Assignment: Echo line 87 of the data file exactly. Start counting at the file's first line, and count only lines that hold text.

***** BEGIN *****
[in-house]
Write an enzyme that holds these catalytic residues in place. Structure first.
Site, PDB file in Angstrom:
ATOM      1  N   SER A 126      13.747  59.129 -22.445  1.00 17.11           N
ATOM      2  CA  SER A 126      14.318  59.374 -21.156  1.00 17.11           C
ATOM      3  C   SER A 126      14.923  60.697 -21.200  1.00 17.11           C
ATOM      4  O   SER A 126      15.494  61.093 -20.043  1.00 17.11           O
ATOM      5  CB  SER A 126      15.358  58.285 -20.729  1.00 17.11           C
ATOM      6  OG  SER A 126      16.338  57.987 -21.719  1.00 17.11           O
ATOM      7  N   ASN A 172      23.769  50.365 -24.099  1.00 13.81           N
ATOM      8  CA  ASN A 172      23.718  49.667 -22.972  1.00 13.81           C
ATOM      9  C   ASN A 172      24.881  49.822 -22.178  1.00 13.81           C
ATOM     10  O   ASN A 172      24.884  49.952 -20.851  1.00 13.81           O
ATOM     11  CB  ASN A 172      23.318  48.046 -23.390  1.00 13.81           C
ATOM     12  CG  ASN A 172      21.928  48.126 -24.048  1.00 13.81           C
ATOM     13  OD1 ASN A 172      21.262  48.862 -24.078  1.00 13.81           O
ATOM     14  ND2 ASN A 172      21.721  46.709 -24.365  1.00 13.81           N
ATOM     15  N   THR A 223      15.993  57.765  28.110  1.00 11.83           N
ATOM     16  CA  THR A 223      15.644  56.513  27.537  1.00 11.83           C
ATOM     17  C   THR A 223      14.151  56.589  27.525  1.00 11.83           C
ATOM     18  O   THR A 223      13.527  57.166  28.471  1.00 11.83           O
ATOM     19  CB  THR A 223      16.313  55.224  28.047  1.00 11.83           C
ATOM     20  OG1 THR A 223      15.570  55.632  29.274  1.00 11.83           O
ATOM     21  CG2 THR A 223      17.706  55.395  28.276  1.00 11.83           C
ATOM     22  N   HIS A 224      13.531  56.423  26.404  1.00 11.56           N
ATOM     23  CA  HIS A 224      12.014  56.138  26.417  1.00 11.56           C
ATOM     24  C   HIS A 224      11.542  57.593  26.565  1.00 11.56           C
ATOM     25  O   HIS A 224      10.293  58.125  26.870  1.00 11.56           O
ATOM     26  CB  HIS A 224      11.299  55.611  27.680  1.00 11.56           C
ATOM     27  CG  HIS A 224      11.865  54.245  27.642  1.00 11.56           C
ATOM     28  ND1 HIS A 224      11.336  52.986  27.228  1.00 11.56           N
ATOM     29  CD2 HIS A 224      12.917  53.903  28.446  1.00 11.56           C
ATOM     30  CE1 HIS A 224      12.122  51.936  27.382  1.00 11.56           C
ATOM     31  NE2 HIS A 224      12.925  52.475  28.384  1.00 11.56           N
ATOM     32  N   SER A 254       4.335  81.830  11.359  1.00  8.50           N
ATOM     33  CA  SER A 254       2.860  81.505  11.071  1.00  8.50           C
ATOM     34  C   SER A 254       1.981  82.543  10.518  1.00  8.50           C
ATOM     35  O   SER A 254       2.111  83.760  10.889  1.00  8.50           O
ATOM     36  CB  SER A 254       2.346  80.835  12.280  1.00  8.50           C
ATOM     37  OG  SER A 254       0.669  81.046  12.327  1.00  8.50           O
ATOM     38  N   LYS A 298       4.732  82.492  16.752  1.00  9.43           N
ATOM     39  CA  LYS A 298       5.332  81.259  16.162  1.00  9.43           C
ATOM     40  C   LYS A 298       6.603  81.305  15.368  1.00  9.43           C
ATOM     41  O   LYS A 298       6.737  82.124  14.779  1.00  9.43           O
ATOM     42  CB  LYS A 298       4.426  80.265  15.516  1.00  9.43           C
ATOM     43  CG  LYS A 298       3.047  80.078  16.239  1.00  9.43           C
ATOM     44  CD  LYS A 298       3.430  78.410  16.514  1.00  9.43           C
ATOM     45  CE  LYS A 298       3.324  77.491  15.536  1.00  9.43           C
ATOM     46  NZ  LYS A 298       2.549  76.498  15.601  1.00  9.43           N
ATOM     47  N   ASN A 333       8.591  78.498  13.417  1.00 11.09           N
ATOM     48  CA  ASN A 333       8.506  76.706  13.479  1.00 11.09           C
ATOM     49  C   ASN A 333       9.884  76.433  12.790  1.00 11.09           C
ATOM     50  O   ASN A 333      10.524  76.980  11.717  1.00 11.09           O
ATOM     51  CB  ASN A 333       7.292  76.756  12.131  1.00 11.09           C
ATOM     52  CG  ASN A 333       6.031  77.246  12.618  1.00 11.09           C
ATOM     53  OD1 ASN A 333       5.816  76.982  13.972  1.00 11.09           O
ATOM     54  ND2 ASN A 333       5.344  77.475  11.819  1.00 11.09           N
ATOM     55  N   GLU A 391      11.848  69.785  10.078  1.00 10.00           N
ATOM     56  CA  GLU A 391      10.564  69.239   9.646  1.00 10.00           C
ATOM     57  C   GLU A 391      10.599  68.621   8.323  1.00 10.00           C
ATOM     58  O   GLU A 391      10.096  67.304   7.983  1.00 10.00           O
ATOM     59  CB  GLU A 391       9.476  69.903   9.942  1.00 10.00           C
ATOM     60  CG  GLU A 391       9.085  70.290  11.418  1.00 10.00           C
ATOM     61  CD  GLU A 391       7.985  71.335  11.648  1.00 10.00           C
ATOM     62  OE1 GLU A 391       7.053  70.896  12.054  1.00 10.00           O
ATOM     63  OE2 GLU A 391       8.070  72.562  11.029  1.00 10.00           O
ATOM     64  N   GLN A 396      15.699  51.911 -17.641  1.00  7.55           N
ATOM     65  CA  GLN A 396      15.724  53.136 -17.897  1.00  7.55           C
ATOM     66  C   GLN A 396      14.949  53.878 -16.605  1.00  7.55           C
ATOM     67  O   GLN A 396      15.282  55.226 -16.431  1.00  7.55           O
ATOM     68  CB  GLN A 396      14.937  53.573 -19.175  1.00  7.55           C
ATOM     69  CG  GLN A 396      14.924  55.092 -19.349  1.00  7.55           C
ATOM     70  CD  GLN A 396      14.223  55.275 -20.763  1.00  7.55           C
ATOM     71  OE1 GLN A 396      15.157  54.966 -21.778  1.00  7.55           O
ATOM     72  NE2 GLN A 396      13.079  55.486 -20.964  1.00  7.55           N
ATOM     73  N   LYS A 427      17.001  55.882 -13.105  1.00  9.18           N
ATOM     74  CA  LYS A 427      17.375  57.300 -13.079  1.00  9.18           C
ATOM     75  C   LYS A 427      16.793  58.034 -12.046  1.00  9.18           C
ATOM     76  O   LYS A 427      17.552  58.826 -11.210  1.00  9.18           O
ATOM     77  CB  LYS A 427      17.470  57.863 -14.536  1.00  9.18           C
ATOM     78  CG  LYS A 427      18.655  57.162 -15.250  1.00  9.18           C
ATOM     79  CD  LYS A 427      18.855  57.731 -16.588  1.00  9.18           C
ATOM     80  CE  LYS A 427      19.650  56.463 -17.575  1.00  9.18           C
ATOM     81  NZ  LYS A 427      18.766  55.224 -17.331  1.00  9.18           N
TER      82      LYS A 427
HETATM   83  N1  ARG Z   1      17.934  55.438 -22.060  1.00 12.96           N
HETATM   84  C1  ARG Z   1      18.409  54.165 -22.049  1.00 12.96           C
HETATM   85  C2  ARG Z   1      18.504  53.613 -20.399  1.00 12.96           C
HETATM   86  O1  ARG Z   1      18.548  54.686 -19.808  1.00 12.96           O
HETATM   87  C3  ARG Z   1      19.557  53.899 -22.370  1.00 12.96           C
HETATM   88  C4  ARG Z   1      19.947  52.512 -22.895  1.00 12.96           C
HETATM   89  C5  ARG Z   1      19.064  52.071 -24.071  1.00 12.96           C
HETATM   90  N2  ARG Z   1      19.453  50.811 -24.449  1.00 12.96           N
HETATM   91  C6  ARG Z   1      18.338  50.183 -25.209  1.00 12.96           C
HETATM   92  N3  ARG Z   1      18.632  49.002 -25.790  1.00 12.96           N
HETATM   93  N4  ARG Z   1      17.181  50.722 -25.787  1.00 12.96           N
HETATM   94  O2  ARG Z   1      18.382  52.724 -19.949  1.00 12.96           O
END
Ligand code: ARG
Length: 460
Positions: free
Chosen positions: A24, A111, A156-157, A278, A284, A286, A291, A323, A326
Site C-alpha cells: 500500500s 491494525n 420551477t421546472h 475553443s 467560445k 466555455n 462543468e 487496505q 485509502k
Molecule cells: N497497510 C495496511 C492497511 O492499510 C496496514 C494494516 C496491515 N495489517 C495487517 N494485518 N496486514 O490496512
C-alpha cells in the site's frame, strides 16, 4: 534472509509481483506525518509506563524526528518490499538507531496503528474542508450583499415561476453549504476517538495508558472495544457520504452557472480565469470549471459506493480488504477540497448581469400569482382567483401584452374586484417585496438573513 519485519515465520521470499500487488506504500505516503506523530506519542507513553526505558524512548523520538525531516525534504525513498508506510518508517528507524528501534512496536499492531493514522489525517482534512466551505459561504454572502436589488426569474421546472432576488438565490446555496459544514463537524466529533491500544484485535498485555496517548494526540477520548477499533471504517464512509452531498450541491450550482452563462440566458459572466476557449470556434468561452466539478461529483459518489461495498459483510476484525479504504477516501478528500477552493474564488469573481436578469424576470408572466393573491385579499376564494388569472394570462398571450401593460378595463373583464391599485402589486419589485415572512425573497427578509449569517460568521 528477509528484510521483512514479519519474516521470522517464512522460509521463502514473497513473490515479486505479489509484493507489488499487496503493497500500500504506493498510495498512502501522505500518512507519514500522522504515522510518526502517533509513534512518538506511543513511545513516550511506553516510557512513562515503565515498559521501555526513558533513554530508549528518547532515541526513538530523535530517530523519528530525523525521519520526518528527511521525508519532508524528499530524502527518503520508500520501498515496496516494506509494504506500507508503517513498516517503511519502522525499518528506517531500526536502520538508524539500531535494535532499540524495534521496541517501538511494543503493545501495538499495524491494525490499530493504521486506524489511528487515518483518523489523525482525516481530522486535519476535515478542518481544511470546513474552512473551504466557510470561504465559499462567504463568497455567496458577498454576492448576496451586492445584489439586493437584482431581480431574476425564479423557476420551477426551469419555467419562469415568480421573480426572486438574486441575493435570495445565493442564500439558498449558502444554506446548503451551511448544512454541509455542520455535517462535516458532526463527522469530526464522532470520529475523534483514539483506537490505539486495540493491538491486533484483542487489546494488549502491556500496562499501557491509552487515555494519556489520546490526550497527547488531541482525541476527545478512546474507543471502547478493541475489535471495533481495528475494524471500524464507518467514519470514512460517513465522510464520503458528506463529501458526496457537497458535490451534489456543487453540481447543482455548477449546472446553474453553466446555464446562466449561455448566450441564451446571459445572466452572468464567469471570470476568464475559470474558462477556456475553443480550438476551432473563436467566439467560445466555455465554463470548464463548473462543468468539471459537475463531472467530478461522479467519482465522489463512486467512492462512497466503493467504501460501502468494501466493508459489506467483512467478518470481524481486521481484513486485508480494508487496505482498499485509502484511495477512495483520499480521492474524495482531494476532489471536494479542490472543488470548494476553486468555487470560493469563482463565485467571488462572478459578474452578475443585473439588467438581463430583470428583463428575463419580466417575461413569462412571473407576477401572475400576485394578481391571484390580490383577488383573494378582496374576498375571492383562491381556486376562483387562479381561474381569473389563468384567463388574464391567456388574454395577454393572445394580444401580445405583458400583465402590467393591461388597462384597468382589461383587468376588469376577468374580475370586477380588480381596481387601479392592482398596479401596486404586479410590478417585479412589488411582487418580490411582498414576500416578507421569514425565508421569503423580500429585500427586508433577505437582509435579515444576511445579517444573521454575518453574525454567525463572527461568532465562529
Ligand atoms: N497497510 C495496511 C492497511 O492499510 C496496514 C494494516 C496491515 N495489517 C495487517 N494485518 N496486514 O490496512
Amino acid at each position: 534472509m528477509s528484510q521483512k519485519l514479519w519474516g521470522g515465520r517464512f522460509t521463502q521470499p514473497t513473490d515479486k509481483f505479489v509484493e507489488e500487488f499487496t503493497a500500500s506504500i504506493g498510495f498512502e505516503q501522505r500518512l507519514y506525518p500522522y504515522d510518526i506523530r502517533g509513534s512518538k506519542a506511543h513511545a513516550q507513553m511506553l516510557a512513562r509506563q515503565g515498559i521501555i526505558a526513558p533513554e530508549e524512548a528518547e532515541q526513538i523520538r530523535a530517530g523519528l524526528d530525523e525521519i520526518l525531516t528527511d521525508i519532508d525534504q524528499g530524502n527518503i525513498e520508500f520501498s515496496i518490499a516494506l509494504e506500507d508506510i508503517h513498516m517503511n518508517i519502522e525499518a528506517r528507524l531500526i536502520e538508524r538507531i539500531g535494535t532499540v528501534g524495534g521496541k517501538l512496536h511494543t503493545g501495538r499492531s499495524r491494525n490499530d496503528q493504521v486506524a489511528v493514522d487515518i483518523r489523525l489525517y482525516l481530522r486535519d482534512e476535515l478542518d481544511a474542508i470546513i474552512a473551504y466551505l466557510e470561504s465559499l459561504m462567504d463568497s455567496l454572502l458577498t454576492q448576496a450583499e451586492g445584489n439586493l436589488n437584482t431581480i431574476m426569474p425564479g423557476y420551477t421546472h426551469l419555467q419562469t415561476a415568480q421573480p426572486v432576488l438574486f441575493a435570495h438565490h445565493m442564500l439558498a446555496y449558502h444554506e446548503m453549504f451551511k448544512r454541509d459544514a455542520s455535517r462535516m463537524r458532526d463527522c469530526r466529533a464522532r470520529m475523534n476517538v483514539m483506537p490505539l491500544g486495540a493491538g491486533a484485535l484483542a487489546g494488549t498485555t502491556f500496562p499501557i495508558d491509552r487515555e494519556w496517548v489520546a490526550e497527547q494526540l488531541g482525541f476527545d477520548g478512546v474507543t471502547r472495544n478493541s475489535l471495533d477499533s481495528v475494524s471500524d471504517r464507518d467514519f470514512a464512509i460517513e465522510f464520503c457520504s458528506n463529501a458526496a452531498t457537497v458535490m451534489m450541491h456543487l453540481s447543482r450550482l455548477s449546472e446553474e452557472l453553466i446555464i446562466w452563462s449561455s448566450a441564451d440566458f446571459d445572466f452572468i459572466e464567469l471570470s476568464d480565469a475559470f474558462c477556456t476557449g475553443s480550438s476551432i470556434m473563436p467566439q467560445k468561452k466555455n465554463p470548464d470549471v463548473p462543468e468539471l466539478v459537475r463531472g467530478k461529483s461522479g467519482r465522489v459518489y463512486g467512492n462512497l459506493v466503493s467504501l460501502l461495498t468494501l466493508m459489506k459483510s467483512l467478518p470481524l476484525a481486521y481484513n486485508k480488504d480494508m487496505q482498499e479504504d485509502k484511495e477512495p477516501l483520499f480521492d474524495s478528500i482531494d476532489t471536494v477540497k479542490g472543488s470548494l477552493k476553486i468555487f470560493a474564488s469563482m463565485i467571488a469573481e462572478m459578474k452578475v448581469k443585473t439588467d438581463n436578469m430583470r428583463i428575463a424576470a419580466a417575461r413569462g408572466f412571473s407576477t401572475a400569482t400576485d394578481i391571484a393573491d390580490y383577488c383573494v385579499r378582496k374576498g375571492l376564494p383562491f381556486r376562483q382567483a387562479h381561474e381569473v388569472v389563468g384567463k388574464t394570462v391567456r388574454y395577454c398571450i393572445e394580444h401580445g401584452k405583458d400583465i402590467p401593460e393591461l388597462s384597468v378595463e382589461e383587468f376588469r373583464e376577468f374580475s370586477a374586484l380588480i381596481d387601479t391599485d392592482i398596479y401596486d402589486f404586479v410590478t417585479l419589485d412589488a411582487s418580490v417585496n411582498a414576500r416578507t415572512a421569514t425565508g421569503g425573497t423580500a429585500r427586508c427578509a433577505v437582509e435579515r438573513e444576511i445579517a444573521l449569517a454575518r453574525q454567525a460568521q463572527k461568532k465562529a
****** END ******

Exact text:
HETATM   84  C1  ARG Z   1      18.409  54.165 -22.049  1.00 12.96           C